Time for change
Social and environmental changes seen during lockdown – including people valuing food more and noticing cleaner air – should guide future policy, experts urge, as a new poll reveals only 9% of Brits want a total return to “normal” after lockdown.
The newly-released YouGov survey was commissioned by the RSA's Food, Farming and Countryside Commission (FFCC), together with food charity The Food Foundation.
The poll finds a clear majority (85%) want to see at least some of the personal or social changes they have experienced continue afterwards, while just 9% want a complete return to normal.*
It also identifies significant changes to our relationship with food, family and the environment:
- 51% say they have noticed cleaner air, and 27% more wildlife, since the lockdown began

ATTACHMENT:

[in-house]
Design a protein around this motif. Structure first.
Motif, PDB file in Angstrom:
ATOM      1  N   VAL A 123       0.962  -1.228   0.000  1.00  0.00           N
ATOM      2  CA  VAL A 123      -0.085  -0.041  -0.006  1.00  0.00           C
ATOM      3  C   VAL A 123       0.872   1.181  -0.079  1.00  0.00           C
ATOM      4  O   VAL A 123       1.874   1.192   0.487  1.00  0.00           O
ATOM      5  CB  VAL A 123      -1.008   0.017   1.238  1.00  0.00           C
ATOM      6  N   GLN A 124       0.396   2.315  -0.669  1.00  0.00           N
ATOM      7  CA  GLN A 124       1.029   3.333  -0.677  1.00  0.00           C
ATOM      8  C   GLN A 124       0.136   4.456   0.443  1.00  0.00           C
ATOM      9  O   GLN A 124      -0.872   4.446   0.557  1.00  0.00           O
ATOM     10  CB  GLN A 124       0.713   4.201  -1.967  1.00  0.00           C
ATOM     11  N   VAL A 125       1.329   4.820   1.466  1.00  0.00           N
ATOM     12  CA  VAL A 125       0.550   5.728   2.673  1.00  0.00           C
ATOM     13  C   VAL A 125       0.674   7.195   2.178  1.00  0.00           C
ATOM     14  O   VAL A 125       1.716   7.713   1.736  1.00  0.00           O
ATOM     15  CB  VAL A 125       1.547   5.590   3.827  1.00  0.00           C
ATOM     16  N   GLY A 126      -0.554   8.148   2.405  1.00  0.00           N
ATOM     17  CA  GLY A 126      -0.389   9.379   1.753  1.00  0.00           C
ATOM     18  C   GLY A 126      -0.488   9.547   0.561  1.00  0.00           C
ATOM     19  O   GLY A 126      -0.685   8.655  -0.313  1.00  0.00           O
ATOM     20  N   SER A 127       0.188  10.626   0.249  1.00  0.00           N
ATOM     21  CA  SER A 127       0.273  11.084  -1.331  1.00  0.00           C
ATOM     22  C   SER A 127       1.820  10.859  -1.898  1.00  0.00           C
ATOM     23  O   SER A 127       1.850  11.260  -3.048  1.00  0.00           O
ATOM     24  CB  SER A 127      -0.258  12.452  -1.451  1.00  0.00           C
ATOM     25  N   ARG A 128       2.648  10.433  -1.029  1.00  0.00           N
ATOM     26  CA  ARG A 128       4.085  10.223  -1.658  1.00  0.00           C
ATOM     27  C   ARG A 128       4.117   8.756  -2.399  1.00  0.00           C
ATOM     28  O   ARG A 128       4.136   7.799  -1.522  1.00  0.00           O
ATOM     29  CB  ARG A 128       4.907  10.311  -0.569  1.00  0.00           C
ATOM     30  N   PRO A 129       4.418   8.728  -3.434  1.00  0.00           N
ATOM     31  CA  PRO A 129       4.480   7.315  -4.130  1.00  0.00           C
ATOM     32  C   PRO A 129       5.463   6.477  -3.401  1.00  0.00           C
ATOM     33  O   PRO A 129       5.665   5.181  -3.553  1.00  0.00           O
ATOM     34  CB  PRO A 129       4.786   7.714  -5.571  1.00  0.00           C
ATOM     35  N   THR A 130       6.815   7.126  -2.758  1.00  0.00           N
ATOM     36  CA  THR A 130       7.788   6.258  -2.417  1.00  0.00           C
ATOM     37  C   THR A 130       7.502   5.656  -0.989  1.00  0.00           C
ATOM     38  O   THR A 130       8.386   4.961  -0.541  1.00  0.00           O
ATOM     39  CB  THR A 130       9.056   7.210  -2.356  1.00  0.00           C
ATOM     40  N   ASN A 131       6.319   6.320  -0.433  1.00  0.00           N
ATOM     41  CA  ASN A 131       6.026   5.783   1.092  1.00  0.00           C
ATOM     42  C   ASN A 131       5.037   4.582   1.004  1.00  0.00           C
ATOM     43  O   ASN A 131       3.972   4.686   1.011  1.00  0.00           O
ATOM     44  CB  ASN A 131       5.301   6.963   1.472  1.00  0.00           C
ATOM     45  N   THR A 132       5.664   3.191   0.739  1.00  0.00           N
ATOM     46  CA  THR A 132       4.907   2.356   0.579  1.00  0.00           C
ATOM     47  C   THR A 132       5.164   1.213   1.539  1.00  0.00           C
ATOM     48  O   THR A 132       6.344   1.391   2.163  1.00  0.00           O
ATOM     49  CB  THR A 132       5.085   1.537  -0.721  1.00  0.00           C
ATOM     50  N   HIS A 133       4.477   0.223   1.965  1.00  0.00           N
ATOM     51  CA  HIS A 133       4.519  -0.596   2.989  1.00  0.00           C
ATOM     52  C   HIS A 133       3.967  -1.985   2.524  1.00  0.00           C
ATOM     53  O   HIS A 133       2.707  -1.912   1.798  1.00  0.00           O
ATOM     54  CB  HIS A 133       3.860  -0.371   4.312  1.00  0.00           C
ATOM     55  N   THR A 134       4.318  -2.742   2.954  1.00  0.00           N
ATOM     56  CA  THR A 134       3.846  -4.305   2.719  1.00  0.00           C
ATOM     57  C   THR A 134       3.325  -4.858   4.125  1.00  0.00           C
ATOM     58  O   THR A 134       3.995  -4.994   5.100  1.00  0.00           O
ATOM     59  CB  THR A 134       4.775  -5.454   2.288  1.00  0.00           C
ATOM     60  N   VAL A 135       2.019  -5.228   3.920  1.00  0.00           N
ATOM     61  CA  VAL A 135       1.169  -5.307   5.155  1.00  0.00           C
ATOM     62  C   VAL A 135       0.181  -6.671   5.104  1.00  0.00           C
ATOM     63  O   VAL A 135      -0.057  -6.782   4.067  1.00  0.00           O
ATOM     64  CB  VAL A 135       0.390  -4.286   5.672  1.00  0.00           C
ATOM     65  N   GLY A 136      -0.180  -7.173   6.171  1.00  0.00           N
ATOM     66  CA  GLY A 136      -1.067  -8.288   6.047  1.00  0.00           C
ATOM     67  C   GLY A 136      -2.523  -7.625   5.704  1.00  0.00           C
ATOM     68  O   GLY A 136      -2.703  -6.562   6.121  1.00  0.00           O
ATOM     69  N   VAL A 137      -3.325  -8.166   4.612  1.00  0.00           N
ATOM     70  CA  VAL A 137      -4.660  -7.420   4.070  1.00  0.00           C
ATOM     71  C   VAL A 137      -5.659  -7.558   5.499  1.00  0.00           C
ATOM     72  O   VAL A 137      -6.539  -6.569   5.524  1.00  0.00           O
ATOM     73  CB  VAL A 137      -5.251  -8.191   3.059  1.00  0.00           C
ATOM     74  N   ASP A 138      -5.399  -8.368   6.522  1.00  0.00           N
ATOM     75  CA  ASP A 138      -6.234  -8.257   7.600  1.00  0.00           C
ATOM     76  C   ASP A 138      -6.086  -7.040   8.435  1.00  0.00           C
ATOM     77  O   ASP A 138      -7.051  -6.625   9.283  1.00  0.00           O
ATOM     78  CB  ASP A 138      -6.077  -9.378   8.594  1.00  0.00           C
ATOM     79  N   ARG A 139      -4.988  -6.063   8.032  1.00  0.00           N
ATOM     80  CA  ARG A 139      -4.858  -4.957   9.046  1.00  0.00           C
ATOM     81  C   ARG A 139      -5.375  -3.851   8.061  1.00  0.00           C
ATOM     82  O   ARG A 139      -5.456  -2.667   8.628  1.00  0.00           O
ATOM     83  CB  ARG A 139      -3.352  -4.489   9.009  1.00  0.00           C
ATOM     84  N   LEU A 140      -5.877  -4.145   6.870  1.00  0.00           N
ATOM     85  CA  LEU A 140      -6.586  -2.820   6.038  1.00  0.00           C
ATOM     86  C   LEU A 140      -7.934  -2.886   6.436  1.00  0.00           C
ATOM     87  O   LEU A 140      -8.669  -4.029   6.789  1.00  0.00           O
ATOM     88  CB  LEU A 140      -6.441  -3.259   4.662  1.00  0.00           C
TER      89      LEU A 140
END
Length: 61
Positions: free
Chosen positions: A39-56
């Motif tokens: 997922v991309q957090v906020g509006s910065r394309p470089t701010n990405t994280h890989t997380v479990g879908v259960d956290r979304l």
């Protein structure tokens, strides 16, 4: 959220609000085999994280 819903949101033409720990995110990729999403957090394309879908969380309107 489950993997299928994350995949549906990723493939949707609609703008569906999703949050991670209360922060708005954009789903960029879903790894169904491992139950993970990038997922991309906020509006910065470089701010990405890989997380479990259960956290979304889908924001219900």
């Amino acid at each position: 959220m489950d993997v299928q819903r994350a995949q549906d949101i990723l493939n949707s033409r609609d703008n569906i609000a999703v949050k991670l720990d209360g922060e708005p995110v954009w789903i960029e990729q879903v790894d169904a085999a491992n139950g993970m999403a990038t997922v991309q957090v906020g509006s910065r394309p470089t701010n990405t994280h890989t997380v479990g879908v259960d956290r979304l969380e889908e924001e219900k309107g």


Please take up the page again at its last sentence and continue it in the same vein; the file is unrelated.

- Social bonds are stronger, with 40% feeling a stronger sense of local community and 39% more in touch with friends and family
- 42% say the outbreak has made them value food more, and one in ten have shared something like food or shopping with a neighbour for the first time
- More than 19 million of us (38%) say they are cooking more from scratch and 17 million are throwing away less food (33%). 6%, or 3 million people, have tried a veg box scheme or ordered food from a local farm for the very first time
- But although 9% feel fitter and 27% are getting more exercise, more people (36%) say they are getting less exercise than before.
The RSA's FFCC commissioned the poll as part of its work to shape a new vision and an action plan for more sustainable food and farming, land use and the rural economy. It follows on from research funded by FFCC and the Food Foundation released over Easter, which shows a sharp rise in food insecurity during lockdown.